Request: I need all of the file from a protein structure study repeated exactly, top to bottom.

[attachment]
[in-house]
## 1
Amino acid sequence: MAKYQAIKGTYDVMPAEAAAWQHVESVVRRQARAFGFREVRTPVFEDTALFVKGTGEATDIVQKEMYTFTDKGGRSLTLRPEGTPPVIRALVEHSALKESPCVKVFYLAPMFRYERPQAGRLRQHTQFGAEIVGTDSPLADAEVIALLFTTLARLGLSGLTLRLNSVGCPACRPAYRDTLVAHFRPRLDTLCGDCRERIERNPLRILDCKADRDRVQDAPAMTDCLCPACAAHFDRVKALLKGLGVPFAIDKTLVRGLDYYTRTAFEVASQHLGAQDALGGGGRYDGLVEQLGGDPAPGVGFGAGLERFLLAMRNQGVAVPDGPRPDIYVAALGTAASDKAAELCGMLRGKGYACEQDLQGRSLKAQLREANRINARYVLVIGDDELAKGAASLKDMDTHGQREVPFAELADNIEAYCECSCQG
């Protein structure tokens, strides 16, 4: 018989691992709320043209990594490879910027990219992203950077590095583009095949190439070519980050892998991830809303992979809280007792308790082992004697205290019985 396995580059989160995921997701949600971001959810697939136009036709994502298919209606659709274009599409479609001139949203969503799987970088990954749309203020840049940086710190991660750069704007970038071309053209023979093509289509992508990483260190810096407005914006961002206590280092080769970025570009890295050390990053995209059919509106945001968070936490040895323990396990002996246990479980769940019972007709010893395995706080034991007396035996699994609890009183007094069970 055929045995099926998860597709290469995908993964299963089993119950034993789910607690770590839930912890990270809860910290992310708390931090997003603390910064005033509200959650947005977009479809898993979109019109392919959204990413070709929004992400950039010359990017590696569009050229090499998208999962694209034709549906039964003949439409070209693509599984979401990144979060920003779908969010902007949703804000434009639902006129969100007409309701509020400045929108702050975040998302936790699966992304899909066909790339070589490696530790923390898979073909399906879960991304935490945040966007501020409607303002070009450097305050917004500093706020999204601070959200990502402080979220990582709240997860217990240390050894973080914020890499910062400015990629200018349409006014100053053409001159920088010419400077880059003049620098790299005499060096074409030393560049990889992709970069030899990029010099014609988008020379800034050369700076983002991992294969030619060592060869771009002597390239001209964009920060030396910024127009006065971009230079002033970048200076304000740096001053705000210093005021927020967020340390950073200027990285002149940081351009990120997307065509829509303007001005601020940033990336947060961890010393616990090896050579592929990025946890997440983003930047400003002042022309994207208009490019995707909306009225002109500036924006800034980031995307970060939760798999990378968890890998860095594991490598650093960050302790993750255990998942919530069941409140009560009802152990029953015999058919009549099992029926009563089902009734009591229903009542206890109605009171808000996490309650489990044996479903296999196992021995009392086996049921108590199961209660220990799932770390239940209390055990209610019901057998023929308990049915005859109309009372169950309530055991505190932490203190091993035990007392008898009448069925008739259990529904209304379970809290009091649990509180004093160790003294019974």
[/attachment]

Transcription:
[in-house]
## 1
Amino acid sequence: MAKYQAIKGTYDVMPAEAAAWQHVESVVRRQARAFGFREVRTPVFEDTALFVKGTGEATDIVQKEMYTFTDKGGRSLTLRPEGTPPVIRALVEHSALKESPCVKVFYLAPMFRYERPQAGRLRQHTQFGAEIVGTDSPLADAEVIALLFTTLARLGLSGLTLRLNSVGCPACRPAYRDTLVAHFRPRLDTLCGDCRERIERNPLRILDCKADRDRVQDAPAMTDCLCPACAAHFDRVKALLKGLGVPFAIDKTLVRGLDYYTRTAFEVASQHLGAQDALGGGGRYDGLVEQLGGDPAPGVGFGAGLERFLLAMRNQGVAVPDGPRPDIYVAALGTAASDKAAELCGMLRGKGYACEQDLQGRSLKAQLREANRINARYVLVIGDDELAKGAASLKDMDTHGQREVPFAELADNIEAYCECSCQG
């Protein structure tokens, strides 16, 4: 018989691992709320043209990594490879910027990219992203950077590095583009095949190439070519980050892998991830809303992979809280007792308790082992004697205290019985 396995580059989160995921997701949600971001959810697939136009036709994502298919209606659709274009599409479609001139949203969503799987970088990954749309203020840049940086710190991660750069704007970038071309053209023979093509289509992508990483260190810096407005914006961002206590280092080769970025570009890295050390990053995209059919509106945001968070936490040895323990396990002996246990479980769940019972007709010893395995706080034991007396035996699994609890009183007094069970 055929045995099926998860597709290469995908993964299963089993119950034993789910607690770590839930912890990270809860910290992310708390931090997003603390910064005033509200959650947005977009479809898993979109019109392919959204990413070709929004992400950039010359990017590696569009050229090499998208999962694209034709549906039964003949439409070209693509599984979401990144979060920003779908969010902007949703804000434009639902006129969100007409309701509020400045929108702050975040998302936790699966992304899909066909790339070589490696530790923390898979073909399906879960991304935490945040966007501020409607303002070009450097305050917004500093706020999204601070959200990502402080979220990582709240997860217990240390050894973080914020890499910062400015990629200018349409006014100053053409001159920088010419400077880059003049620098790299005499060096074409030393560049990889992709970069030899990029010099014609988008020379800034050369700076983002991992294969030619060592060869771009002597390239001209964009920060030396910024127009006065971009230079002033970048200076304000740096001053705000210093005021927020967020340390950073200027990285002149940081351009990120997307065509829509303007001005601020940033990336947060961890010393616990090896050579592929990025946890997440983003930047400003002042022309994207208009490019995707909306009225002109500036924006800034980031995307970060939760798999990378968890890998860095594991490598650093960050302790993750255990998942919530069941409140009560009802152990029953015999058919009549099992029926009563089902009734009591229903009542206890109605009171808000996490309650489990044996479903296999196992021995009392086996049921108590199961209660220990799932770390239940209390055990209610019901057998023929308990049915005859109309009372169950309530055991505190932490203190091993035990007392008898009448069925008739259990529904209304379970809290009091649990509180004093160790003294019974």